"You can't f**k in the road, you can't sh*t in the road, and you can't use your cell phone in the road," he said with blatant disgust. "It's a private function. Do it in your tent!"

Not all of the estimated 42,000 attendees at this year's event were opposed to cell phone use.

While the service was spotty and unreliable, my camp was able to ask late-arriving friends via text message to bring more supplies and to receive a phone call from a friend to inform us that she wasn't going to be able to make it to the event, after all.

It was odd to hear the phone ring as we sat in our camp, but it was also strange having two fans blowing on us and refilling canteens from a cold-water cooler--luxuries that resulted from being on the electrical grid near Center Camp.

I didn't see anyone checking their phone messages as we waited several hours for a dust storm to subside so the Man could be burned on Saturday night. But I did see people staring down intently at their iPhones as they sipped their coffee in the Center Camp cafe during the day.

For some, the arrival of cellular service was inevitable.

"The theme (of Burning Man) is evolution, adaption," said John Gilmore, a co-founder of the Electronic Frontier Foundation, a civil libertarian and open-source advocate. "Get used to it."

OpenBTS Project supporter John Gilmore and co-founders Harvind Samra and David Burgess at the Papa Legba camp. Dave Simon

Gilmore was hanging out at the Papa Legba camp, where a 70-foot tower was beaming text messages and voice calls over a small GSM cellular network run by the OpenBTS Project.

The service, which was operational only about half of the time, allowed participants to send text messages and make 30-second phone calls to others at the event. Users also, theoretically, could receive them from people in the outside world via Skype and Google Talk through the iNum service, said David Burgess, an engineering consultant and a co-founder of the OpenBTS Project.

"We're constantly fighting heat and dust and infrastructure that is not quite there," he said.

This is the message the OpenBTS Project sent to cell phones at Burning Man inviting them to use the free service. Dave Simon

The group had tested limited voice service at Burning Man a year ago. "Our long-term goal was to provide a reference design for a type of cellular technology that is easy to deploy in remote areas and is inexpensive to operate," Burgess said.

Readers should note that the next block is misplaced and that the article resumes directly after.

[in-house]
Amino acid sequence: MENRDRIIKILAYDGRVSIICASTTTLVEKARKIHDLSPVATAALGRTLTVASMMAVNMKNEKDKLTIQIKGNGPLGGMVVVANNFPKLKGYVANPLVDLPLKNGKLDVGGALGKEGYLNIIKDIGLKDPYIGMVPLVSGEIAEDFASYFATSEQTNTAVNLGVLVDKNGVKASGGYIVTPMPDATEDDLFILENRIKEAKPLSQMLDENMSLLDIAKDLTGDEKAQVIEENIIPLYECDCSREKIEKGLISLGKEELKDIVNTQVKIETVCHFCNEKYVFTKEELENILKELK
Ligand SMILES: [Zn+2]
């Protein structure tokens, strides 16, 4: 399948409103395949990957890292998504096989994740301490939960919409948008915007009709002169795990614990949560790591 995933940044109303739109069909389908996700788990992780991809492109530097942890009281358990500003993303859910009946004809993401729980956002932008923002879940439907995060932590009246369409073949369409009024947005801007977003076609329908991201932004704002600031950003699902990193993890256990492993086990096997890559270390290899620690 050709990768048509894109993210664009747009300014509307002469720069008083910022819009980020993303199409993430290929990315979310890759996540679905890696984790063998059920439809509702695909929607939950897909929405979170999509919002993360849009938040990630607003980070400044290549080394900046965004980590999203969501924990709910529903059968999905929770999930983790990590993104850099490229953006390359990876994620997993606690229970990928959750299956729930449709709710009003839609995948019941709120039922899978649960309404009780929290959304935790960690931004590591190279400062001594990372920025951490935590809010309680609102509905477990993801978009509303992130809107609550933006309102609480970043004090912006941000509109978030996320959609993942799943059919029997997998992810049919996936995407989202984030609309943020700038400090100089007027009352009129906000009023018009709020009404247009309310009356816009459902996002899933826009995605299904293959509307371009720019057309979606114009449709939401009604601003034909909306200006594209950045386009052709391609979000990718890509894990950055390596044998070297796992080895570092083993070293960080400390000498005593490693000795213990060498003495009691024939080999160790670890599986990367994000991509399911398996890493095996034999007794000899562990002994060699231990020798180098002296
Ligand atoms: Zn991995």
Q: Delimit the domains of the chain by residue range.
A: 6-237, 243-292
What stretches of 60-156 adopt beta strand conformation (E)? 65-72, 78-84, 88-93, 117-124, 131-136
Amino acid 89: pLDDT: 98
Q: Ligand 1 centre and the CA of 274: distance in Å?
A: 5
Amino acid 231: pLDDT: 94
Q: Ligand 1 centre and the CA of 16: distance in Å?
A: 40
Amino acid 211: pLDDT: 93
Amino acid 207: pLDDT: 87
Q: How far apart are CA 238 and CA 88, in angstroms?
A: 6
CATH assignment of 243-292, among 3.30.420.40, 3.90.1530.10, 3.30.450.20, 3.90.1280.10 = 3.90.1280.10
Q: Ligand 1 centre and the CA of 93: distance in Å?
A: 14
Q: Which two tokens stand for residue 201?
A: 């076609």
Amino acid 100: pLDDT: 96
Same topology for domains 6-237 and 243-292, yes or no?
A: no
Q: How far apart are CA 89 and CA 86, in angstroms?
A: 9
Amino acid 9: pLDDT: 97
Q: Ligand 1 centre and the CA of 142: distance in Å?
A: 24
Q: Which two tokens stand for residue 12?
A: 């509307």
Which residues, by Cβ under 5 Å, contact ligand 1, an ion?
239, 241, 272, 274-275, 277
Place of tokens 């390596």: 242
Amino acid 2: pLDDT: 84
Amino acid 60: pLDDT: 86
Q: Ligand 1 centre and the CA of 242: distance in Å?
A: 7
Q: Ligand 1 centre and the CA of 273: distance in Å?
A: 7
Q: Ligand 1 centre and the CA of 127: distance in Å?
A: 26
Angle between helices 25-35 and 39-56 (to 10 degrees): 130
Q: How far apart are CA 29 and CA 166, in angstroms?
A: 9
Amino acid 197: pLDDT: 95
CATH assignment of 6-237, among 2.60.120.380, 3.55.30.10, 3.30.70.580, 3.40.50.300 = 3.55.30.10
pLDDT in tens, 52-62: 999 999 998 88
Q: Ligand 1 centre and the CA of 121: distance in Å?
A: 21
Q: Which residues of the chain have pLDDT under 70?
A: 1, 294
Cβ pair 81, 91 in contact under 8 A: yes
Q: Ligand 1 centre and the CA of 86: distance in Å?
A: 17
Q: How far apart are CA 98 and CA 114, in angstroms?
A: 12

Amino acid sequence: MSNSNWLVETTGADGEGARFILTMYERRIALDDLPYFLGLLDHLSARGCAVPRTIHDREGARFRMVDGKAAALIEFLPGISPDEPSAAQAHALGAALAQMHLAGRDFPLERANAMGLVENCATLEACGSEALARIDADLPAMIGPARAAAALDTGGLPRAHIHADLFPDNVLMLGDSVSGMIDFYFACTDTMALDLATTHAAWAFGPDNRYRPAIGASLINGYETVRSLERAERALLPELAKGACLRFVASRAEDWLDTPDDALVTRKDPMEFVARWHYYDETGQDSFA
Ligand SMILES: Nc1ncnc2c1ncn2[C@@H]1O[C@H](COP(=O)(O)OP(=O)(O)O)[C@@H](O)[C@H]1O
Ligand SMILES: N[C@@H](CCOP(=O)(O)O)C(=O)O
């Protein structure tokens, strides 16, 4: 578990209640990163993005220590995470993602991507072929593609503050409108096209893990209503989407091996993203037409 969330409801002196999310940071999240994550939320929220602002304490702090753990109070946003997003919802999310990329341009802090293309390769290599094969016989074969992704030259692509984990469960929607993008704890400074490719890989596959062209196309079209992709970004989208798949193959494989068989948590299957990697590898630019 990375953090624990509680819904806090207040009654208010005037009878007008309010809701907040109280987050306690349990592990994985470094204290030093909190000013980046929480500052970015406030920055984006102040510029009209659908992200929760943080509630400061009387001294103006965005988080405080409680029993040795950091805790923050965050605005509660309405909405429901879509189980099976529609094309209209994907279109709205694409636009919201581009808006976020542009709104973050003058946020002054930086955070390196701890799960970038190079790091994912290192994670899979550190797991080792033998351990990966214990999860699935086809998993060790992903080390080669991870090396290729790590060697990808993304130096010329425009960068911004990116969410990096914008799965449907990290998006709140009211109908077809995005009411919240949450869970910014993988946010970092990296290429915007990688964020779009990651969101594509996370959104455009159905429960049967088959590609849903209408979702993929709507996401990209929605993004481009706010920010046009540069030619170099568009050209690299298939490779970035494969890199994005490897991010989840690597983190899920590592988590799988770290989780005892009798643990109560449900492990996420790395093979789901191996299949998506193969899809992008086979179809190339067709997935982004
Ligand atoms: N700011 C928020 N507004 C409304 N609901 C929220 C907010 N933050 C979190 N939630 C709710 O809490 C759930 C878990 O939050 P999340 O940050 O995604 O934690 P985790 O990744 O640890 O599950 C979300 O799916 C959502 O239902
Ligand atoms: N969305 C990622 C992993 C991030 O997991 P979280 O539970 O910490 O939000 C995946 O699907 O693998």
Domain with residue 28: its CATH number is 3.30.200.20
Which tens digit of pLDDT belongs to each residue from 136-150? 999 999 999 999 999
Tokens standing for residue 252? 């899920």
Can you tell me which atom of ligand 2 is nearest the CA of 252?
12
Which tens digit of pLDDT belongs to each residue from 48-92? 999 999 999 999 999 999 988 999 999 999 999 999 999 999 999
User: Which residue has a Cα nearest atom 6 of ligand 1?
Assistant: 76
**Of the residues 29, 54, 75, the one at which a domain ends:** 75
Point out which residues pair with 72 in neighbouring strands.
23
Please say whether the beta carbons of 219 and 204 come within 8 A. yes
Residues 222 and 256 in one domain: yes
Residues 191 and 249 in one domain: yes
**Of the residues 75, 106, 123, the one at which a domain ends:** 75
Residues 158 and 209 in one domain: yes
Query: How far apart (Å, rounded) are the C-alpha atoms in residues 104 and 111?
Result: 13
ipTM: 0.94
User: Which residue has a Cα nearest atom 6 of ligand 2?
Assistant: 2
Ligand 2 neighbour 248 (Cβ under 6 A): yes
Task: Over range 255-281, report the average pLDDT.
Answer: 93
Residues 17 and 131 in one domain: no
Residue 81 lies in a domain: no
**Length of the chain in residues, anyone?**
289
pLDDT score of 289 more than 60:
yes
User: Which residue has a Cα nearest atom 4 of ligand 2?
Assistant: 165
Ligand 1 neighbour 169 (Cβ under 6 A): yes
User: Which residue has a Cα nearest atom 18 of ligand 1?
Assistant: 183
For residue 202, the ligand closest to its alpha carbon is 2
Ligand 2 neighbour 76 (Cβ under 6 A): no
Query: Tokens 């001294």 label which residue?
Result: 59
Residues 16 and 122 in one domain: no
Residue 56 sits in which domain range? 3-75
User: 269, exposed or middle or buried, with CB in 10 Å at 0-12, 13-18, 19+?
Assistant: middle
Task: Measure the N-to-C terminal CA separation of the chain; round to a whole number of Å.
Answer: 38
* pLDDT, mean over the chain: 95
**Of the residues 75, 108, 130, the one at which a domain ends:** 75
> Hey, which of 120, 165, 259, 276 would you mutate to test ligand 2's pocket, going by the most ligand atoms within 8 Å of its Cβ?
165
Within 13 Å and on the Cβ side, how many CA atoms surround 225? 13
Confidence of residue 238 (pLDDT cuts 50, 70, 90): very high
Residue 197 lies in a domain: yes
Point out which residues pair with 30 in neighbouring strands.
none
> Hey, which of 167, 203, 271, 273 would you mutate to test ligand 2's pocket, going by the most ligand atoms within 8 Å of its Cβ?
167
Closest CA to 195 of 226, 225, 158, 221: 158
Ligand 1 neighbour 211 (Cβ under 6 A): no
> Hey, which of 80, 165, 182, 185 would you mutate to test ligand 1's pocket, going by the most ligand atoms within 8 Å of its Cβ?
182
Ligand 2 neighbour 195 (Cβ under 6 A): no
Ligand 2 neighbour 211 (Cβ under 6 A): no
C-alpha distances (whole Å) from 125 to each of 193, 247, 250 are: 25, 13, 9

Instead of having to get an extended contract with a telecommunications carrier for access to a mobile switching center, OpenBTS paid a small deposit for an account with Link2VoIP, which provides a gateway between the Black Rock City Internet backbone and the North American POTS (plain-old telephone system), according to Burgess.

Asked how much use the OpenBTS network was getting at Burning Man, OpenBTS co-founder Harvind Samra said that every 10 minutes or so a phone call was made and that there were 44 text messages pending in the queue at the time.

With Gilmore's help, OpenBTS was able to add the SMS capability to the service this year.

"I brought the Internet (via satellite) out here in 1999 and 2000, and initially, the reaction was terrible," Gilmore said. "They didn't want people geeking out in their tents."

Not only does the Burning Man organization use the Internet for many of its functions--such as ticketing, dissemination of emergency and critical information, and hosting a weather Webcam in nearby Gerlach--but having Internet service enables media outlets to e-mail their stories to printers for distribution in newspapers at the event and to publish stories directly to the Web, he said.

"There is a culture of haves and have-nots," said Gilmore, obviously relishing the debate. "Burning Man staffers with pagers and radios can talk with friends across the playa. The rest of us can't, and I wanted to do some equalizing there; to make it so we can all communicate on the playa."

Burning Man has survived the premature burning of the Man (2007), the anticlimactic existential crisis fostered by renegade activists calling themselves "Borg 2" (2005), and now angst generated by the sounds of cell phones ringing on the playa.

What could be next?

"I don't care either way about having cell phone service available. I'd keep my phone off and hidden, regardless," dj_john69 wrote on the ePlaya discussion board. "Now, if and when a Starbucks shows up to Empire or Gerlach, that's where I flip out."